The new ownership and affiliation convinced Jeff Pyle to return as head coach with Derek Nesbitt as assistant coach. Many of the players from the ’21-22 season returned. At the midpoint of the season, however, the team went on a skid, winning only two of fifteen games. The team finished the season with a 35-30-6-1 record and failed to make the playoffs.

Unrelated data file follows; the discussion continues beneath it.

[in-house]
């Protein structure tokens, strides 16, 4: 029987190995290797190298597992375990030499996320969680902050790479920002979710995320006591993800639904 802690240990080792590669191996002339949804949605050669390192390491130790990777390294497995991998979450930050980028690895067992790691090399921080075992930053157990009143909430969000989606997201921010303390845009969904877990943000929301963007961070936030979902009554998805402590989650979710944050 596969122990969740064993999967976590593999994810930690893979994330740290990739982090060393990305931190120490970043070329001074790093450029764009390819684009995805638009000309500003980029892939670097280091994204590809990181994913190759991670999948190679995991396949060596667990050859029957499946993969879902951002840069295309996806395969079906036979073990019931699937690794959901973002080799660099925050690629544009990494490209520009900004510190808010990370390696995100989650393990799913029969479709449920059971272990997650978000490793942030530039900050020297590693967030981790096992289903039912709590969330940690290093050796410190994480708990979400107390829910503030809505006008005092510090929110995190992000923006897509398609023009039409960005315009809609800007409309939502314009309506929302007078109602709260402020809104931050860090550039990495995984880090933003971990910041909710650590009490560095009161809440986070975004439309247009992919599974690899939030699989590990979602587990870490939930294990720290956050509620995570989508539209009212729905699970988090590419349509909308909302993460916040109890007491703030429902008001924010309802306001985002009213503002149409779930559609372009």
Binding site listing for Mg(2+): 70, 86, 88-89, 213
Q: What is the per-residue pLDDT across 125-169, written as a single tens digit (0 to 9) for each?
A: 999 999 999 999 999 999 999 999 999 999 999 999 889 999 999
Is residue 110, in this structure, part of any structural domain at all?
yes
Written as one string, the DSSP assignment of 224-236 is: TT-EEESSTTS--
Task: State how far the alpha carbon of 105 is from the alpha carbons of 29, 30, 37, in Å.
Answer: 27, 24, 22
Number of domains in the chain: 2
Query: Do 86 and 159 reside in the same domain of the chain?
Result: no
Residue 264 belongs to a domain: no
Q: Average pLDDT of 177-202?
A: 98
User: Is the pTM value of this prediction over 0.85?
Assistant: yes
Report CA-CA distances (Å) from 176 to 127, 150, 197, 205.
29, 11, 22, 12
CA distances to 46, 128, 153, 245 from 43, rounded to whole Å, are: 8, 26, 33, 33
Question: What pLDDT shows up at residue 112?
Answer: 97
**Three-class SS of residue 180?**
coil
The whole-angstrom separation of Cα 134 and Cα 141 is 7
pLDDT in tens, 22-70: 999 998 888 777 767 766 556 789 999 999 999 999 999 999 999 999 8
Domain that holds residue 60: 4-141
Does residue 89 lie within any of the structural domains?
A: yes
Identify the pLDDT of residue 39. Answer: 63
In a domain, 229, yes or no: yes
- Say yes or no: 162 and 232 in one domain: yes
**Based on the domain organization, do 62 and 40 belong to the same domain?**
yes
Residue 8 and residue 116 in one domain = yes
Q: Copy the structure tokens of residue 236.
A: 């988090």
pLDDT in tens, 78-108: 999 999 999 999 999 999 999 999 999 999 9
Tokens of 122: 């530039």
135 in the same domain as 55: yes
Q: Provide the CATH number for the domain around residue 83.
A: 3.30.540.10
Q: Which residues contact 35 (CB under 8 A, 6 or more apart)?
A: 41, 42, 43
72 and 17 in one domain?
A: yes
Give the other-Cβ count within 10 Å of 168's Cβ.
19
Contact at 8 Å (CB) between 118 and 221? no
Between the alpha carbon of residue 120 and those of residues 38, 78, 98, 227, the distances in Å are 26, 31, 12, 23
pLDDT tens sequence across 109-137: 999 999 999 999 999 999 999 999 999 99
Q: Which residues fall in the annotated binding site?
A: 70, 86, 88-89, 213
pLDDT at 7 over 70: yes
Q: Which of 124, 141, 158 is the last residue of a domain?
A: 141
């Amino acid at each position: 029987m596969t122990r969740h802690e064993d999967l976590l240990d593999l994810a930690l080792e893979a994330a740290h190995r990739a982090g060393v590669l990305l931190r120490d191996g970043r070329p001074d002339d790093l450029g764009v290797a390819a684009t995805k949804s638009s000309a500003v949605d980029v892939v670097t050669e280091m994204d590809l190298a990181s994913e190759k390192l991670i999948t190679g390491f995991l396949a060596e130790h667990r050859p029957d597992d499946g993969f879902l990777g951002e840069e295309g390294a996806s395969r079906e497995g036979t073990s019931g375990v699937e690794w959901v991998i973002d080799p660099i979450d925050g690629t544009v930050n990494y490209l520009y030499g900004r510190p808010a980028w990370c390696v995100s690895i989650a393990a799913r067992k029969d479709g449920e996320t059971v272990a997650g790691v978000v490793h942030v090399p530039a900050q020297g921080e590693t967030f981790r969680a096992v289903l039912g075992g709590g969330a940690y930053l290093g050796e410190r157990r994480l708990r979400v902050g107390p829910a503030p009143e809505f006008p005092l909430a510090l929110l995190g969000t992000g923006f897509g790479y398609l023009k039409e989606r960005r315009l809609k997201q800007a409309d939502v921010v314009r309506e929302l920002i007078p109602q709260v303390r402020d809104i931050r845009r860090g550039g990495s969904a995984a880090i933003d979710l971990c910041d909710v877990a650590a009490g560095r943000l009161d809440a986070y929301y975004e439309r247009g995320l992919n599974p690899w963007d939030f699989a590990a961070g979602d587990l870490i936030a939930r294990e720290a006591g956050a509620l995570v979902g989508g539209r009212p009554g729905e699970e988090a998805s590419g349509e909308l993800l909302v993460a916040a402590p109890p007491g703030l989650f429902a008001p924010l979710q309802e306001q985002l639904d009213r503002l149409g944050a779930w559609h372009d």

High points included December 16, when the Gladiators donned special throwback Thrashers jerseys to recreate Blueland at Gas South Arena. The largest crowd of the season showed up, many in Thrashers gear, only to see the Glads drop an overtime decision to Greenville. With an assist in the season finale, Mike Pelech took sole possession of third most points in ECHL history. Cody Sylvester surpassed Colton Fretter’s single season goal scoring record with 37. Average attendance increased to 4,696 per game.